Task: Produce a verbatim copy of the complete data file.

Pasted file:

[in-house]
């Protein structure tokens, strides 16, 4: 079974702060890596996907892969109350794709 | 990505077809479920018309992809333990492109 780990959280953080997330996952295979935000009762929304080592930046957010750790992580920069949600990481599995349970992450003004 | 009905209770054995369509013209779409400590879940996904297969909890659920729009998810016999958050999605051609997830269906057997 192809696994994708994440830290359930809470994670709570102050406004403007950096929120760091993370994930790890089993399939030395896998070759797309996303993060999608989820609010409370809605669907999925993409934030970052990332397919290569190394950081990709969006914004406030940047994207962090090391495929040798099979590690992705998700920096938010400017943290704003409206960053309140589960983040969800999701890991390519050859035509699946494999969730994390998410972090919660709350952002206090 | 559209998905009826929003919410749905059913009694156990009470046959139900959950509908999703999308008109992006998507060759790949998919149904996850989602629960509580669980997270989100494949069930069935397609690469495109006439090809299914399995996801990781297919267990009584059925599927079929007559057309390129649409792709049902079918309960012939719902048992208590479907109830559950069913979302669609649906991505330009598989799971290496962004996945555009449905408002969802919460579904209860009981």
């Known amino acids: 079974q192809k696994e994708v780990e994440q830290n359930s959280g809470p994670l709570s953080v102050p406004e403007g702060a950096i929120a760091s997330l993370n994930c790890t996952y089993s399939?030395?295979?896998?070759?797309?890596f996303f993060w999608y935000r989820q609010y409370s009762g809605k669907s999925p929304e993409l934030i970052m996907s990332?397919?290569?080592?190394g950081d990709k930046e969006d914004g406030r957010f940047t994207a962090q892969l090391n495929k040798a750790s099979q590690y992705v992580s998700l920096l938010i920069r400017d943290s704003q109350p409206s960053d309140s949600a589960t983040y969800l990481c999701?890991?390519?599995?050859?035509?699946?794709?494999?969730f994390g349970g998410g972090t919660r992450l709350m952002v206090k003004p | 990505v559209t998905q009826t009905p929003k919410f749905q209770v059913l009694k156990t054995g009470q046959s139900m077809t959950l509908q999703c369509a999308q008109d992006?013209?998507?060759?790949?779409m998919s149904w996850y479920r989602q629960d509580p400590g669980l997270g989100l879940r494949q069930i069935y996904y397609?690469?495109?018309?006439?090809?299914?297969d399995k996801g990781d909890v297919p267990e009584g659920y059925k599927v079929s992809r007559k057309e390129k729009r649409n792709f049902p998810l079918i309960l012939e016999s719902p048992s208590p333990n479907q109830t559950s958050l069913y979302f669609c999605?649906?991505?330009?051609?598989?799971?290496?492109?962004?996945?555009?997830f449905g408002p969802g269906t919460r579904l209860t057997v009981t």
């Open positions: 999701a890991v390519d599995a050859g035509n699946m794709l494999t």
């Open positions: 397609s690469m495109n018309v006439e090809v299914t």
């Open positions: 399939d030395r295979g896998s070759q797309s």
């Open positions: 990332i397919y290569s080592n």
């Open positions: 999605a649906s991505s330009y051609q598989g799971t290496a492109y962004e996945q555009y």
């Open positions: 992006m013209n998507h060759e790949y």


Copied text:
[in-house]
């Protein structure tokens, strides 16, 4: 079974702060890596996907892969109350794709 | 990505077809479920018309992809333990492109 780990959280953080997330996952295979935000009762929304080592930046957010750790992580920069949600990481599995349970992450003004 | 009905209770054995369509013209779409400590879940996904297969909890659920729009998810016999958050999605051609997830269906057997 192809696994994708994440830290359930809470994670709570102050406004403007950096929120760091993370994930790890089993399939030395896998070759797309996303993060999608989820609010409370809605669907999925993409934030970052990332397919290569190394950081990709969006914004406030940047994207962090090391495929040798099979590690992705998700920096938010400017943290704003409206960053309140589960983040969800999701890991390519050859035509699946494999969730994390998410972090919660709350952002206090 | 559209998905009826929003919410749905059913009694156990009470046959139900959950509908999703999308008109992006998507060759790949998919149904996850989602629960509580669980997270989100494949069930069935397609690469495109006439090809299914399995996801990781297919267990009584059925599927079929007559057309390129649409792709049902079918309960012939719902048992208590479907109830559950069913979302669609649906991505330009598989799971290496962004996945555009449905408002969802919460579904209860009981």
């Known amino acids: 079974q192809k696994e994708v780990e994440q830290n359930s959280g809470p994670l709570s953080v102050p406004e403007g702060a950096i929120a760091s997330l993370n994930c790890t996952y089993s399939?030395?295979?896998?070759?797309?890596f996303f993060w999608y935000r989820q609010y409370s009762g809605k669907s999925p929304e993409l934030i970052m996907s990332?397919?290569?080592?190394g950081d990709k930046e969006d914004g406030r957010f940047t994207a962090q892969l090391n495929k040798a750790s099979q590690y992705v992580s998700l920096l938010i920069r400017d943290s704003q109350p409206s960053d309140s949600a589960t983040y969800l990481c999701?890991?390519?599995?050859?035509?699946?794709?494999?969730f994390g349970g998410g972090t919660r992450l709350m952002v206090k003004p | 990505v559209t998905q009826t009905p929003k919410f749905q209770v059913l009694k156990t054995g009470q046959s139900m077809t959950l509908q999703c369509a999308q008109d992006?013209?998507?060759?790949?779409m998919s149904w996850y479920r989602q629960d509580p400590g669980l997270g989100l879940r494949q069930i069935y996904y397609?690469?495109?018309?006439?090809?299914?297969d399995k996801g990781d909890v297919p267990e009584g659920y059925k599927v079929s992809r007559k057309e390129k729009r649409n792709f049902p998810l079918i309960l012939e016999s719902p048992s208590p333990n479907q109830t559950s958050l069913y979302f669609c999605?649906?991505?330009?051609?598989?799971?290496?492109?962004?996945?555009?997830f449905g408002p969802g269906t919460r579904l209860t057997v009981t």
């Open positions: 999701a890991v390519d599995a050859g035509n699946m794709l494999t």
């Open positions: 397609s690469m495109n018309v006439e090809v299914t």
């Open positions: 399939d030395r295979g896998s070759q797309s």
């Open positions: 990332i397919y290569s080592n």
């Open positions: 999605a649906s991505s330009y051609q598989g799971t290496a492109y962004e996945q555009y």
């Open positions: 992006m013209n998507h060759e790949y």